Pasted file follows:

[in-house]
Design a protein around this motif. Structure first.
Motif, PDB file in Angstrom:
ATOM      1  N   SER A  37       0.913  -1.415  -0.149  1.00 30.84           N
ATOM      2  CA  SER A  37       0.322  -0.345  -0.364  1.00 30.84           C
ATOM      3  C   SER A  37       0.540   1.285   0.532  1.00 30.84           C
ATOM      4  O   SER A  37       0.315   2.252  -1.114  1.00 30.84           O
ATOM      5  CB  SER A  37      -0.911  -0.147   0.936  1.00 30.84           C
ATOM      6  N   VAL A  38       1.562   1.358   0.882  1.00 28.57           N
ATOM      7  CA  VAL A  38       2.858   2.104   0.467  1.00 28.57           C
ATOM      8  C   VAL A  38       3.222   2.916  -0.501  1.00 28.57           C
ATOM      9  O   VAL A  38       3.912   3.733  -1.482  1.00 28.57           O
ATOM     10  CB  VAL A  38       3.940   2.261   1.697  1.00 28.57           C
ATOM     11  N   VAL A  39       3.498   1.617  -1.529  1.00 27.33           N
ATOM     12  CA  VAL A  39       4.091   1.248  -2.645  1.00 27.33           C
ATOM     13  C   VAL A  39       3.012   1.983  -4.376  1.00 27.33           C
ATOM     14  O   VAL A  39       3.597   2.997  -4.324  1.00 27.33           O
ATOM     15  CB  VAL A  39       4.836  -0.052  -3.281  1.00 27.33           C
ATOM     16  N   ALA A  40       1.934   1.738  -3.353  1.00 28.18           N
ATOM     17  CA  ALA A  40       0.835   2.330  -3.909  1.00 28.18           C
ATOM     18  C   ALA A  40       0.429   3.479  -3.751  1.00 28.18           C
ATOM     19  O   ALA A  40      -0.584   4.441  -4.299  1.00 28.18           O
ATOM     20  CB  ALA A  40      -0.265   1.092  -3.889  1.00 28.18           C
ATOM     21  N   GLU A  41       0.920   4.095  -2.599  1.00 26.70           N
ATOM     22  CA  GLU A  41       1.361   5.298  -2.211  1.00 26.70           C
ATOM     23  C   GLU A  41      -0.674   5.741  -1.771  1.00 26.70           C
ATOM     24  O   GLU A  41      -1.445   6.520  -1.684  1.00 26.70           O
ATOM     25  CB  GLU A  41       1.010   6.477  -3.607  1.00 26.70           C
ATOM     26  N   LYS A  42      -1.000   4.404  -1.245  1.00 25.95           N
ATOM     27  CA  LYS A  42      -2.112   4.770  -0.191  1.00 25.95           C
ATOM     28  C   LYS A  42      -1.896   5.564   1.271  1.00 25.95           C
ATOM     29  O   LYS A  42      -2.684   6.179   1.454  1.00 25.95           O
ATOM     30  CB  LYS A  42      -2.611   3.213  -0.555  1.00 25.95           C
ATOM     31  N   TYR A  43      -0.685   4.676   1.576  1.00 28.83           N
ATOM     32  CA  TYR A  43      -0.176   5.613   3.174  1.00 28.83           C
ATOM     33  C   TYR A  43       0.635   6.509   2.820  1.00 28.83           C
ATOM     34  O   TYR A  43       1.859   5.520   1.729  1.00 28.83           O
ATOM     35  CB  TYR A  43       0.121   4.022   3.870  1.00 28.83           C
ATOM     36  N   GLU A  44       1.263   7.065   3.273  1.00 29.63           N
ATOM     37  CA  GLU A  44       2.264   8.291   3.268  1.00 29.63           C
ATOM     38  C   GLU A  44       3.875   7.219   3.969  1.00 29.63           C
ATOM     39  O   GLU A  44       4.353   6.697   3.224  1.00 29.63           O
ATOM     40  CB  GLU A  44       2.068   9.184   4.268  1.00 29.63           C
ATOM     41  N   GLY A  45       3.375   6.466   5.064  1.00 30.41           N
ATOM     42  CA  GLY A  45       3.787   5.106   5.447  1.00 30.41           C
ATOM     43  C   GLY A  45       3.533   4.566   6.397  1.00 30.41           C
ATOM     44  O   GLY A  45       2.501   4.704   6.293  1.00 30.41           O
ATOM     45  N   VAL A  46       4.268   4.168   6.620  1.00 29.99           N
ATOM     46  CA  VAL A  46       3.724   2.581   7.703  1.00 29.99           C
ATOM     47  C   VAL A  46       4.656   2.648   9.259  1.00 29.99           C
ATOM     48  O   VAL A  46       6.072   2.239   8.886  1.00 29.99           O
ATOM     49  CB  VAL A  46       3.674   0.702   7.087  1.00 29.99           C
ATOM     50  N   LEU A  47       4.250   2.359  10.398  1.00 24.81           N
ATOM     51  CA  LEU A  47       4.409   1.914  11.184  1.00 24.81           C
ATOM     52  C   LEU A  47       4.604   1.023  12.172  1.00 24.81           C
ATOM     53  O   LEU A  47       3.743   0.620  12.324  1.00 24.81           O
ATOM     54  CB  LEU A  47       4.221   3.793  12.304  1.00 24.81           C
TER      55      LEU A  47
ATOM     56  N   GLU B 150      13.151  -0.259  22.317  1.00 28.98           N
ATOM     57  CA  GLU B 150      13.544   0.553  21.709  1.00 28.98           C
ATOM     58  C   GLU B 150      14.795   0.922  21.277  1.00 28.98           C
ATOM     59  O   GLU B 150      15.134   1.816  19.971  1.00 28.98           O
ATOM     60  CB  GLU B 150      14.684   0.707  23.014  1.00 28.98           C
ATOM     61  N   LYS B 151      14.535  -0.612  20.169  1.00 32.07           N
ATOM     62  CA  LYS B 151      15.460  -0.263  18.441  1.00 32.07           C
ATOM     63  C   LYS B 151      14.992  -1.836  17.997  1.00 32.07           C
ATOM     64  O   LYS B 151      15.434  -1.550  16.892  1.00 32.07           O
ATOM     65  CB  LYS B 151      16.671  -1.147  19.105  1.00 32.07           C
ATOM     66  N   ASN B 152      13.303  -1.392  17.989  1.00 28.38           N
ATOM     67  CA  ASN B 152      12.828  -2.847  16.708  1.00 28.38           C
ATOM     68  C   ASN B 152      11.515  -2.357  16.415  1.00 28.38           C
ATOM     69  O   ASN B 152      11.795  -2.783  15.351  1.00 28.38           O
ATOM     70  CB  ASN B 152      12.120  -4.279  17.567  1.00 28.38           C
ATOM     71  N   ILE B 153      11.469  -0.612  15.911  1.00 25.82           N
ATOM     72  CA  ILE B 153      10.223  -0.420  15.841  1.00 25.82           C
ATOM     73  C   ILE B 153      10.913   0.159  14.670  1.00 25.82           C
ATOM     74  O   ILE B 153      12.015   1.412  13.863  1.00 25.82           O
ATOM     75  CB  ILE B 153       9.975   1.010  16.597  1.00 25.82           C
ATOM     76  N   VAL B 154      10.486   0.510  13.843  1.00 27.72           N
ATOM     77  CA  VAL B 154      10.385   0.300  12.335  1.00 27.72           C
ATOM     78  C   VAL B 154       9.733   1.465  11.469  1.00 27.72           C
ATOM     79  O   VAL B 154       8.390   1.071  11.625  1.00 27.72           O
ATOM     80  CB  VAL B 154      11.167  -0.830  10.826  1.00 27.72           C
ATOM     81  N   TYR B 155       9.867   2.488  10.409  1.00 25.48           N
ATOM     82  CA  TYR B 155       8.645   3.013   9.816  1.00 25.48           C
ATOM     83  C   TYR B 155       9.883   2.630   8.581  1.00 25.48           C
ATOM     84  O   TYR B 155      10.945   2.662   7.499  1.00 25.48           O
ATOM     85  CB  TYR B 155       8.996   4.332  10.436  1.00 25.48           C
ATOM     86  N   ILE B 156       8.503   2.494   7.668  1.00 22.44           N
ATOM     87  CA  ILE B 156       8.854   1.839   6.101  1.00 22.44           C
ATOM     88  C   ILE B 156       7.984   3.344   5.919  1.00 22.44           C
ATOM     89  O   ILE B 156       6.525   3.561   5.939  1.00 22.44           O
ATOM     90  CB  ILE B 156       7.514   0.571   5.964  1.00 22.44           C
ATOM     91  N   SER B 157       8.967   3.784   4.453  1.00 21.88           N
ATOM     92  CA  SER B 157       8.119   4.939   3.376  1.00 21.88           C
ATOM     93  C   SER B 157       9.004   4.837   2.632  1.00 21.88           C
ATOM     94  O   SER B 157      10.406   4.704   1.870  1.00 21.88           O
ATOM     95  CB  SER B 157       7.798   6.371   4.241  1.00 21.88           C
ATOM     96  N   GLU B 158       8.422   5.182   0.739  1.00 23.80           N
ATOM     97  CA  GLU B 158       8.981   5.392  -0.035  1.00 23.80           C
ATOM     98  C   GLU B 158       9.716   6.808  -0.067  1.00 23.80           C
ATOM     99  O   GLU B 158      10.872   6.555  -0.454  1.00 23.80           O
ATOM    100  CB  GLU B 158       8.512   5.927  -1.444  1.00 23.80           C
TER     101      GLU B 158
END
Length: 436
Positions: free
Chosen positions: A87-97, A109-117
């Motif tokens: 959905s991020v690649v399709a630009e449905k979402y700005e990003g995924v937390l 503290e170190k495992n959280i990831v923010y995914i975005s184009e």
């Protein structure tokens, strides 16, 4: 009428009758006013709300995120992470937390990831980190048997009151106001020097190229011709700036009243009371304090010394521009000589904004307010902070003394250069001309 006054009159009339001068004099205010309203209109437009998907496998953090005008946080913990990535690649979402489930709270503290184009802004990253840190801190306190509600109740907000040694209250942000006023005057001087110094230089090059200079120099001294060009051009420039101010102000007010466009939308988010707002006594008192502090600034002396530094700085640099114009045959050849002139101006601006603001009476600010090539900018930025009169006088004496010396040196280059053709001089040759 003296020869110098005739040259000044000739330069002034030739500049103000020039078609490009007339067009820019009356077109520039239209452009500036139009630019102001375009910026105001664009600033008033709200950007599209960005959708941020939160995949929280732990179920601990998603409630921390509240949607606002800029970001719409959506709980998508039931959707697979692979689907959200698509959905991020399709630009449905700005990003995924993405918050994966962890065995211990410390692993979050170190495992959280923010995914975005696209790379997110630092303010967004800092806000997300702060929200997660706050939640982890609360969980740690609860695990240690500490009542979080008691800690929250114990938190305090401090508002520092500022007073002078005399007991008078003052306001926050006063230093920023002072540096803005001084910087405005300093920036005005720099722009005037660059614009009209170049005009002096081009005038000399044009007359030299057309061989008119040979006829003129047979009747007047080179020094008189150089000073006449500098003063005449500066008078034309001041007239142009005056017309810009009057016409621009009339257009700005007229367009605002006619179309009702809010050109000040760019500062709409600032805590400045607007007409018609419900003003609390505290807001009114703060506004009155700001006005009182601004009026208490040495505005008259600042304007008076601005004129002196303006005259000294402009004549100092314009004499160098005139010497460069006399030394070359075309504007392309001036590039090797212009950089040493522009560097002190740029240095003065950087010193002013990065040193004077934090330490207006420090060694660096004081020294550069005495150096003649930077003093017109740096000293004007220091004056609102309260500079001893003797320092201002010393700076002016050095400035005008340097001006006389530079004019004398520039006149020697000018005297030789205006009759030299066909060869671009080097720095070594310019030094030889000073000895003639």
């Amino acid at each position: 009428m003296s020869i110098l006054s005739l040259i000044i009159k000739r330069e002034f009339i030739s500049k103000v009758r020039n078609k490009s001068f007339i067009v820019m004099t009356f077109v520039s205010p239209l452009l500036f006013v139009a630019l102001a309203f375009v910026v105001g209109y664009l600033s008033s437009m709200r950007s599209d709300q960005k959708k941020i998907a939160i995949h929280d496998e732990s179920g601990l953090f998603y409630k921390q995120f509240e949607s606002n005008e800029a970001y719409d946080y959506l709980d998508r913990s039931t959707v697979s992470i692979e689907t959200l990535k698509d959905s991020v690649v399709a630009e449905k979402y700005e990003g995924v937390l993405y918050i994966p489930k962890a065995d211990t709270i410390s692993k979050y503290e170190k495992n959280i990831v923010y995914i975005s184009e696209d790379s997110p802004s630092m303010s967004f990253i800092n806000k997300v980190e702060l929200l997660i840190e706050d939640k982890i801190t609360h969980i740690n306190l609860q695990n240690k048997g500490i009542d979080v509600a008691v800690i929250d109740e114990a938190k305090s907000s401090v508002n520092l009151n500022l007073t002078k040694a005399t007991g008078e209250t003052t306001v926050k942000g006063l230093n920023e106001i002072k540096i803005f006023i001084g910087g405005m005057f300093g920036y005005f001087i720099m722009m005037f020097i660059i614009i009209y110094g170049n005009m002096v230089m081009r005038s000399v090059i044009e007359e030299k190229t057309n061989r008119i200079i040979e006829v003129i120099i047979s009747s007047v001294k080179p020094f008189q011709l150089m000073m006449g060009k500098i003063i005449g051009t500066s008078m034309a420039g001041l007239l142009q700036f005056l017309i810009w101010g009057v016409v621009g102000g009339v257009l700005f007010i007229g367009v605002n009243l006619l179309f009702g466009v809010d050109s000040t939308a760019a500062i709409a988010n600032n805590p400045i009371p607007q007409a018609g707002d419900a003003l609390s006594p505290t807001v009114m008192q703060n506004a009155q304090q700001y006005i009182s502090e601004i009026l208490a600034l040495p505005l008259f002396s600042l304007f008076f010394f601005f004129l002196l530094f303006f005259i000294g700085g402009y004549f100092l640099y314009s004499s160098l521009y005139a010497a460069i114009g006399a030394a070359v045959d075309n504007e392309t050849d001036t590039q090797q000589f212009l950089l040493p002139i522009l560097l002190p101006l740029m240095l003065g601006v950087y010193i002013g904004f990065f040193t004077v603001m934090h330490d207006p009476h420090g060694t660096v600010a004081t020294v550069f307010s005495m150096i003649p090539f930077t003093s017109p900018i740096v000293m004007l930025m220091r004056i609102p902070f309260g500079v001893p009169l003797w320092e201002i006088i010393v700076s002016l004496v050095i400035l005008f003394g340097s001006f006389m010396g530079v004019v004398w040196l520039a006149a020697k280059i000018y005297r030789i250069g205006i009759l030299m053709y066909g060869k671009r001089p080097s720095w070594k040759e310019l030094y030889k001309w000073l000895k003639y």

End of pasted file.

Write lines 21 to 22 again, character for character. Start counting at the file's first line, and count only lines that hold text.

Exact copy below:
ATOM     18  C   ALA A  40       0.429   3.479  -3.751  1.00 28.18           C
ATOM     19  O   ALA A  40      -0.584   4.441  -4.299  1.00 28.18           O